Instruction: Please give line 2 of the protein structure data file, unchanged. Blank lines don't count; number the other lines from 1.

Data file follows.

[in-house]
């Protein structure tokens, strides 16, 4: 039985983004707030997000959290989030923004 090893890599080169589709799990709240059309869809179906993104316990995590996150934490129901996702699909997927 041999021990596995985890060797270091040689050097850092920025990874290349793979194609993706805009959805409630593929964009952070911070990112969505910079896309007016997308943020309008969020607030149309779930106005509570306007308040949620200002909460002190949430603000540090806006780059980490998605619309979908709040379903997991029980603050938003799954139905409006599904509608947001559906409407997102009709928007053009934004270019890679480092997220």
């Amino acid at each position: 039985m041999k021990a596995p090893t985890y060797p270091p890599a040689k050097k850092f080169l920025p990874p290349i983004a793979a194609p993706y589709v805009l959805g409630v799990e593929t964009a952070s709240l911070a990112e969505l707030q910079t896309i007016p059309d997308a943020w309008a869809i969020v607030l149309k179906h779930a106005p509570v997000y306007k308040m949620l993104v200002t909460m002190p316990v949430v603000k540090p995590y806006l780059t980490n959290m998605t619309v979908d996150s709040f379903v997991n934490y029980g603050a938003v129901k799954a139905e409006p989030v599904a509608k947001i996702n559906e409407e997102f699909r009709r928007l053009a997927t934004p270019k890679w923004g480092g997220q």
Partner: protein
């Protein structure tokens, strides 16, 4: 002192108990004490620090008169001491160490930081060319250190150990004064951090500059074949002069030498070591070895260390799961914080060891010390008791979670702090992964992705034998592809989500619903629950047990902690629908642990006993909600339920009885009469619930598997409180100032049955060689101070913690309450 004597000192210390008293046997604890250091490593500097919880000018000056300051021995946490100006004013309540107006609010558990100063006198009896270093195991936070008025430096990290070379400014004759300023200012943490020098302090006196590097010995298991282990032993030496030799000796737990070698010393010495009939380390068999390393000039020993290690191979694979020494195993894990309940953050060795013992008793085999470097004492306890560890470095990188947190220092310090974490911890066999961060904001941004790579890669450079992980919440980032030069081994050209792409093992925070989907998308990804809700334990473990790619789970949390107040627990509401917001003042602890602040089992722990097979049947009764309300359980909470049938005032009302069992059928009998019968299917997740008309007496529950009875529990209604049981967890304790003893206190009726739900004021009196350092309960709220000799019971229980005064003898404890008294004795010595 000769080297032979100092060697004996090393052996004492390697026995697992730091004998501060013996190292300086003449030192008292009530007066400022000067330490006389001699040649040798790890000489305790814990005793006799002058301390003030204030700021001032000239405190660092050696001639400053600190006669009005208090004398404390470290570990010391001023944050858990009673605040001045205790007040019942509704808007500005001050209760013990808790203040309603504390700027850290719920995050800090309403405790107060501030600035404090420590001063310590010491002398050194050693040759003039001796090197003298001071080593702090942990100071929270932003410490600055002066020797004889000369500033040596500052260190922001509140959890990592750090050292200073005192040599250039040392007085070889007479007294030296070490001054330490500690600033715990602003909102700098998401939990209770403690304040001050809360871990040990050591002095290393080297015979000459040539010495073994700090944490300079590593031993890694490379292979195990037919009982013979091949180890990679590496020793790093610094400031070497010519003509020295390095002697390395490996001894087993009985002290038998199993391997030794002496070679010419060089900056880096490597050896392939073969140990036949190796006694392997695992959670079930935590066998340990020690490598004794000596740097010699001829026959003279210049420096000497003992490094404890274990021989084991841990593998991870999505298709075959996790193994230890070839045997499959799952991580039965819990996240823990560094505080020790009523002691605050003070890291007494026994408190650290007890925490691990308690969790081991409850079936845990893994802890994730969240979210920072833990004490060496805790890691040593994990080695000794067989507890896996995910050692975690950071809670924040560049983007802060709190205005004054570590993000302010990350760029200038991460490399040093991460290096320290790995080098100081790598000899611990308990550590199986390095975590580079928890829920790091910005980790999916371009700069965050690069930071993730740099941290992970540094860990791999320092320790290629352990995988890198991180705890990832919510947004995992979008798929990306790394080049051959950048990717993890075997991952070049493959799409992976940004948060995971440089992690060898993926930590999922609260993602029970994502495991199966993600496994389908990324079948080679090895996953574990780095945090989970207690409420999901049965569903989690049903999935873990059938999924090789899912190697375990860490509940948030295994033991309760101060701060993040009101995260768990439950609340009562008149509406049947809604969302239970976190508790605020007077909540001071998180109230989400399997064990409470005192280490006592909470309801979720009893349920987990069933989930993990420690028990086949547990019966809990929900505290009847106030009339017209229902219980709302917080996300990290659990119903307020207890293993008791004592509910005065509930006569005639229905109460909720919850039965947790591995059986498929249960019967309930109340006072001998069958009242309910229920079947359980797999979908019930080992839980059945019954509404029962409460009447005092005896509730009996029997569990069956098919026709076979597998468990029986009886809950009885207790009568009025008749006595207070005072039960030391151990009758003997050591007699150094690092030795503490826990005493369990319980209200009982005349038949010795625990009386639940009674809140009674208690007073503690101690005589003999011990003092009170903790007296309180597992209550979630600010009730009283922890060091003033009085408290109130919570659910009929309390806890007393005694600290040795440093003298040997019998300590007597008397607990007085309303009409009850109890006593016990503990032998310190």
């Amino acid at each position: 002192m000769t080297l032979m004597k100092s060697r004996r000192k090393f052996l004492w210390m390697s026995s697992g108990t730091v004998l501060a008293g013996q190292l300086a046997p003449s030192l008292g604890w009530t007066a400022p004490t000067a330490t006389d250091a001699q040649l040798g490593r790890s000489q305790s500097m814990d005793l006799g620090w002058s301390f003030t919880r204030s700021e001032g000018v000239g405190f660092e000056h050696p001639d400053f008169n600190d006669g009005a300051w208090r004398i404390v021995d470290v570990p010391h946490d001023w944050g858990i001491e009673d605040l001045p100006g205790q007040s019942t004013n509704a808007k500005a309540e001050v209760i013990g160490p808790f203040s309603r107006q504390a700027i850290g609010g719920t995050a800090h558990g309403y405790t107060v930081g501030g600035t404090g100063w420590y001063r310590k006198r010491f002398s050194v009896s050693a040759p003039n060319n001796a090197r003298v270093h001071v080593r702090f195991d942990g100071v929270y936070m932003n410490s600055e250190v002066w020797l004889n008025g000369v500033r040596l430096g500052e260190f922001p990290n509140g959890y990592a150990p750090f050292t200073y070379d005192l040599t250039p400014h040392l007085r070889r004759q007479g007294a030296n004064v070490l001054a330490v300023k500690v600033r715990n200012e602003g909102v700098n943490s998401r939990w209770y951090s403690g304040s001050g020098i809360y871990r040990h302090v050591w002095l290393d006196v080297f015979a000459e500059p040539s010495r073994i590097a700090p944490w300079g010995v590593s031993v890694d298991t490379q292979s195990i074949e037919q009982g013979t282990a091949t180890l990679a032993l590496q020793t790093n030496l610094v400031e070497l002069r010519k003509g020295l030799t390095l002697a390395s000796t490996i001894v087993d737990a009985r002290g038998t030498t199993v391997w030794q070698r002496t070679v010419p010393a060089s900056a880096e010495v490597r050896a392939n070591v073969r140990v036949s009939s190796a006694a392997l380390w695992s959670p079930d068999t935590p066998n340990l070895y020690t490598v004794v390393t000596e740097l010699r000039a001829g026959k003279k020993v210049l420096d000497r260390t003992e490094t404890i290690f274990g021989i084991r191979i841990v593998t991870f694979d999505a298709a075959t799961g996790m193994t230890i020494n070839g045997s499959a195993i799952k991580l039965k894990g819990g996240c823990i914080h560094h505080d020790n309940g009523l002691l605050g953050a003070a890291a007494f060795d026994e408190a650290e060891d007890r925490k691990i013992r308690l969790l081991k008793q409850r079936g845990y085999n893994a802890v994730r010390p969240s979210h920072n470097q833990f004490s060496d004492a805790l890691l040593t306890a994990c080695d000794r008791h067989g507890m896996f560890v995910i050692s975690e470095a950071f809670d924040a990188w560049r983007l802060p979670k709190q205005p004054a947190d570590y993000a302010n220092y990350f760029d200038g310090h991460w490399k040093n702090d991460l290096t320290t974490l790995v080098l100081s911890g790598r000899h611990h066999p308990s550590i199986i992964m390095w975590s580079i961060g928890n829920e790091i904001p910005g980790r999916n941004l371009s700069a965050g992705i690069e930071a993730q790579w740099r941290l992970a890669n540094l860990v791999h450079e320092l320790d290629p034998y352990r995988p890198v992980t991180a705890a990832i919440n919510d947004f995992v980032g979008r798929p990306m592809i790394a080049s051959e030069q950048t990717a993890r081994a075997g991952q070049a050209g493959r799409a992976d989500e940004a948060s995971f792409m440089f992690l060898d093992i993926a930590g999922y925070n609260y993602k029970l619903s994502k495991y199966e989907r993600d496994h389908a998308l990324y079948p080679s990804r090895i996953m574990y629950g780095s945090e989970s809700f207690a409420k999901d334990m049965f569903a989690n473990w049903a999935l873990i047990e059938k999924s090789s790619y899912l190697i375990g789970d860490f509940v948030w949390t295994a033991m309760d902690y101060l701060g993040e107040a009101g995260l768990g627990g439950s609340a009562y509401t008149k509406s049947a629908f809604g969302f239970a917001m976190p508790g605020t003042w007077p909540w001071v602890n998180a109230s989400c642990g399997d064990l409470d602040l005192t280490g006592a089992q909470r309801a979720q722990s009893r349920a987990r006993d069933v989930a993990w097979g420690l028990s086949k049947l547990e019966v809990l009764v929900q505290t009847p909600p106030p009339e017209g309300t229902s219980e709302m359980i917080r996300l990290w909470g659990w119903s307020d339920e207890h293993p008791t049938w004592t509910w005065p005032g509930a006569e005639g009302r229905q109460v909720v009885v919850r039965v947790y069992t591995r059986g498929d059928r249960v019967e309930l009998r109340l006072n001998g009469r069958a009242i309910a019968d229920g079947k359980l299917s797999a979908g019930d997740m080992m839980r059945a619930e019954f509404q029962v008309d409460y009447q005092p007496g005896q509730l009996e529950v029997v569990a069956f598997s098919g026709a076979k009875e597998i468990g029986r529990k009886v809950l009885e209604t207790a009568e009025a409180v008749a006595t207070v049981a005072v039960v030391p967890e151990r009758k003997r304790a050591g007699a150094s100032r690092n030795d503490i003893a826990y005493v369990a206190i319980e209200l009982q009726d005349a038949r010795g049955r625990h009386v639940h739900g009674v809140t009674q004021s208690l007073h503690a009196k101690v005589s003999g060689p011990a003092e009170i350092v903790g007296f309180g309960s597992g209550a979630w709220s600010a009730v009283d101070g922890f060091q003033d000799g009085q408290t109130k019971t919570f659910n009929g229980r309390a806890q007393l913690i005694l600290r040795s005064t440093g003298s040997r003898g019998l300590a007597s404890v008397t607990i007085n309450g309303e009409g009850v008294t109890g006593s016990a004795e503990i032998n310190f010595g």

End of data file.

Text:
């Protein structure tokens, strides 16, 4: 039985983004707030997000959290989030923004 090893890599080169589709799990709240059309869809179906993104316990995590996150934490129901996702699909997927 041999021990596995985890060797270091040689050097850092920025990874290349793979194609993706805009959805409630593929964009952070911070990112969505910079896309007016997308943020309008969020607030149309779930106005509570306007308040949620200002909460002190949430603000540090806006780059980490998605619309979908709040379903997991029980603050938003799954139905409006599904509608947001559906409407997102009709928007053009934004270019890679480092997220």